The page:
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OMG! They are on a single repeated P25 digital channel and that's going to prevent scanner listeners from tuning in to "the most modern system in the state"? And this Robertson character thinks somone will have to pay $1,000 to get a digital scanner and the "secret" digital frequency?

The good thing about Tennessee is that it makes our communications managers in Alabama look like geniuses. :)
 

iMONITOR

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Sounds like they've been talking to one of those city slickers from Motorola! :wink:
 

scannerfreak

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The frequency of the new county radio network is kept highly secret and it would take a digital receiver to pick up the signals if a person had the frequency.


ROFL, nice :) Apparently they haven't heard of the FCC..
 
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prcguy

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Would someone please stream the new frequency and send a link to the genius who ordered that system? That's assuming they have a computer and know how to turn it on. Tham cumputers ur digital ya know....
prcguy
 

trace1

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“We are outgunned and outnumbered anyway,” he said. “It got so we would be going to someone’s house for an arrest or to question and that person would know that we were coming before we got there.”

That is not the case now.

“We had a wreck the other night and the only people who showed up were the ones we called,” said Floyd. “In the past we have had a lot of people we call ambulance chasers and crowd control has been a problem at wrecks and emergencies.”

The Lake County 911 board approved the new radios before Christmas and then a plan and a budget had to be presented to and approved by the state 911 board.

The frequency of the new county radio network is kept highly secret and it would take a digital receiver to pick up the signals if a person had the frequency.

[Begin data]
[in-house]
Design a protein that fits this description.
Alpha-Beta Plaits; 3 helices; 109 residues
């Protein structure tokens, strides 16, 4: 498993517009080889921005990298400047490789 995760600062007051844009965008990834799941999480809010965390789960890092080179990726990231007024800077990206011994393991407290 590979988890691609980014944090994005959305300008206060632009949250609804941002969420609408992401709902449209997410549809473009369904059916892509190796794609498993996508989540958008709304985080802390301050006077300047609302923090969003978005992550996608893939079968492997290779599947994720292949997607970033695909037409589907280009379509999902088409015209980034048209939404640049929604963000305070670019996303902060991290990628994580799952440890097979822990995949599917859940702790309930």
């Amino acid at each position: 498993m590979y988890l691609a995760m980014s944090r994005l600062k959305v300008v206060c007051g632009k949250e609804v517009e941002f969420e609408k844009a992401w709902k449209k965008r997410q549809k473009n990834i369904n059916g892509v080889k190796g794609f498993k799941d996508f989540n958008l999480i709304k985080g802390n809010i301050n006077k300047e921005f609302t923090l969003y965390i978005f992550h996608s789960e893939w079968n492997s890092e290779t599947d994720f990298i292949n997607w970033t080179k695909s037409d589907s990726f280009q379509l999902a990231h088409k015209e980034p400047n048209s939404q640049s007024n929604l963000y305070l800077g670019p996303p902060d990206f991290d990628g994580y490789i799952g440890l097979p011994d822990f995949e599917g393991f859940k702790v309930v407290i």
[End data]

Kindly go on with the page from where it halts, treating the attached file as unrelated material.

“Somewhere, somebody will pay $1,000 and eventually, they will get it,” said Robertson. “But for now, it seems very secure.”

“We have caught some flack and expected to,” said Floyd. “But it has been less than we expected.”
Oh, the misinformed!!!
 

mfn002

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Sounds like something I heard from a radio tech last year while getting my XTS programmed. He said that a nearby county was going P25 "so crooks couldn't listen". I don't exactly recall what I said, but it was basically "watch who you're saying that to". :lol:
 

blinddog50

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That certainly looks like a massive braintrust in the picture.
Couldn't see the guy in the middle.
He was wearing camouflage.
I wonder if it was digital to match his radio.
 
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APTN

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Technology

I also have experience with people mistakenly believing that they can't be monitored. Perhaps they should spend some time on this site ? This is where I've learned a lot of information.
 

VA3QRM

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Motorola = Mr. Haney?

Is the Police Chief's name Floyd, as in the Floyd the barber from Mayberry? I remember when the local Motorola smartnet system was rolled out years ago and the then Chief said it could only be monitored with " high tech equipment, not readily available to the average citizen".......
 

mikepdx

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Somebody ought to re-transmit the decoded audio from the new "secret" frequency
on a MURS channel from a high point in town.

Then that "90%" wont feel left out.
 
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AZScanner

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What idiots. :roll:

I agree with hoser147 - just let them think they are unmonitorable. Otherwise, word will get back to the salesman who will say "Oh well for an additional fee, we can fix that" and then they really will be.

Of course if the scanner listeners out there weren't a bunch of ambo chasing goobers the new system would probably have never been purchased. So you can't fully blame the agencies that switched. Hopefully those scanner listeners will learn to listen at home from now on.

-AZ
 

chrismol1

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Its funny when they roll out their new "encrypted" and "high-tech" radio system than no one can monitor. Then someone just walks in with their scanner and starts listening, thats what someone ought to do over there
 

torontokris

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same happened with OPP here in Ontario they thought they were un-monitorable until tow trucks started showing up with digital scanners.

Sounds like a sales guy giving it to them
and yes watch them say well for another x amount you can go encrypted
 

loumaag

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ten78 said:
$120,000 for the new system? Must be a very small agency.
I was thinking the same thing...wonder if they bought it on eBay? I mean if it cost $10,000 to fix a lighting strike, they must have lost the entire repeater, controller, antenna, duplexer, and feedline based on the total cost of the system! :lol:

Edit: Just looked at the dealer's web site, I just love the tag line:
Nobody sells more communications for less than WETEC.
I think something is missing there...like a customer reality check in relation to monitoring.